Bulgaria Marks 1st Day against Totalitarianism
Bulgaria marked Monday for the first time ever the European Day commemorating the victims of the crimes of totalitarianism.
The event was held in the park in front of the National Palace of Culture in downtown Sofia, where there is plaque for the victims of the communist regime and was attended by representatives of the City Hall, politicians, other public figures and citizens.
On November 19, 2009, under a proposal of the right-wing Blue Coalition, the Bulgarian Parliament officially declared August 23 a Day of Commemoration of the Victims of the Crimes Committed by Communist and other Totalitarian Regimes.
In 2006, the Parliamentary Assembly of the Council of Europe adopted a resolution on the for international condemnation of the crimes of totalitarian regimes, which was later joined by the Council of Ministers at the Council of Europe, the European Parliament, and the Parliamentary Assembly of the Organization for Security and Cooperation in Europe (OSCE). In September 2008, August 23 was declared European Day of Remembrance for Victims of Stalinism and Nazism.
Lachezar Toshev, Member of the Parliament from the Blue Coalition and one of its two parties – the Union of Democratic Forces (UDF) delivered the keynote address. He was the MP who submitted the proposal with the Parliament last year.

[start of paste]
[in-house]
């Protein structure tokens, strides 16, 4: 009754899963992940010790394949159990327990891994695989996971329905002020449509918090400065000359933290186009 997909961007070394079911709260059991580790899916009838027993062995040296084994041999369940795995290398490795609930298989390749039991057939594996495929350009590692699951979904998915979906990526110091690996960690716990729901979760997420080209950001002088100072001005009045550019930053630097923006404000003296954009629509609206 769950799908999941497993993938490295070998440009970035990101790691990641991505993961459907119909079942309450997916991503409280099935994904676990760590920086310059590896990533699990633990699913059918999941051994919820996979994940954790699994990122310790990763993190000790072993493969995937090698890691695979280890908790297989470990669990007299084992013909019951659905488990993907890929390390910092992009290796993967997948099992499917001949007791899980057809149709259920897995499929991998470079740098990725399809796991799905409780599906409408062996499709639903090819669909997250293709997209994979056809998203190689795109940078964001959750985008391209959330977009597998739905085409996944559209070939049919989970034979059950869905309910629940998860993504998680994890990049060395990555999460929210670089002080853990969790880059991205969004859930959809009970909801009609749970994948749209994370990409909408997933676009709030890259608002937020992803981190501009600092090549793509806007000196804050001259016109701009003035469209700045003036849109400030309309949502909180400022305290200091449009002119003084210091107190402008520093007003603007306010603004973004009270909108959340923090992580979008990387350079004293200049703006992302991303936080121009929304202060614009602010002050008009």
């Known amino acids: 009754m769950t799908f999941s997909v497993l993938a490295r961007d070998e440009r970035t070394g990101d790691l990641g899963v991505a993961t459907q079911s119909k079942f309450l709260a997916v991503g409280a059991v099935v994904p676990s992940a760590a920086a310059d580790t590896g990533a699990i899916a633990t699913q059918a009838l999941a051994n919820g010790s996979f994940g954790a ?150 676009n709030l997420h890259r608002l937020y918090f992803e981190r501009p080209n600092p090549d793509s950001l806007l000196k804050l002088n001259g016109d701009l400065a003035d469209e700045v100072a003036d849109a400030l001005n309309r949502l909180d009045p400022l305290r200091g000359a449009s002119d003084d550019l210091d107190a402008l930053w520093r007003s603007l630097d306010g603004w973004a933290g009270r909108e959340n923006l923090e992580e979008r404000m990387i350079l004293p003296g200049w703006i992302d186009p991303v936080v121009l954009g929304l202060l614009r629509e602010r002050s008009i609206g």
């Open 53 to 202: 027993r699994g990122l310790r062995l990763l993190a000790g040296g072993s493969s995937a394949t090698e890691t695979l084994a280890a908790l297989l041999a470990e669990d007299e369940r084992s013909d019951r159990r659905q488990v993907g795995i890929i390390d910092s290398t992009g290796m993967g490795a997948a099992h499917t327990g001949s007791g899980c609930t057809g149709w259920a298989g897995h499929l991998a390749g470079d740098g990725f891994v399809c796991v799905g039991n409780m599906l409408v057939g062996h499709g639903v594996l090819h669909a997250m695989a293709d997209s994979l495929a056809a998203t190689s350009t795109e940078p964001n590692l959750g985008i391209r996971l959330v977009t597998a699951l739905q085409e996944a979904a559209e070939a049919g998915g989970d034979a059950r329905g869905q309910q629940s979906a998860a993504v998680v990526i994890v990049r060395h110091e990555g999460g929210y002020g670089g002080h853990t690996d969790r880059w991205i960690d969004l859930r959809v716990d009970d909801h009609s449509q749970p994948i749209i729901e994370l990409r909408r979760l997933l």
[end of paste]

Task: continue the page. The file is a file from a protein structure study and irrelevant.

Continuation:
Toshev was adamant the communist regime in Bulgaria is a prime example of totalitarianism and everyone should be aware of the atrocities committed by it and in the name of it while anyone who claims to be a democrat must condemn all forms of totalitarianism.
Former Prime Minister, Filip Dimitrov, also delivered a speech and the ceremony concluded with the laying of wreaths and flowers.
On August 25, 1939 the Soviet Union and Germany signed the Molotov-Ribbentop-pact which led to the second world war, the killing of millions of people and the Holocaust.
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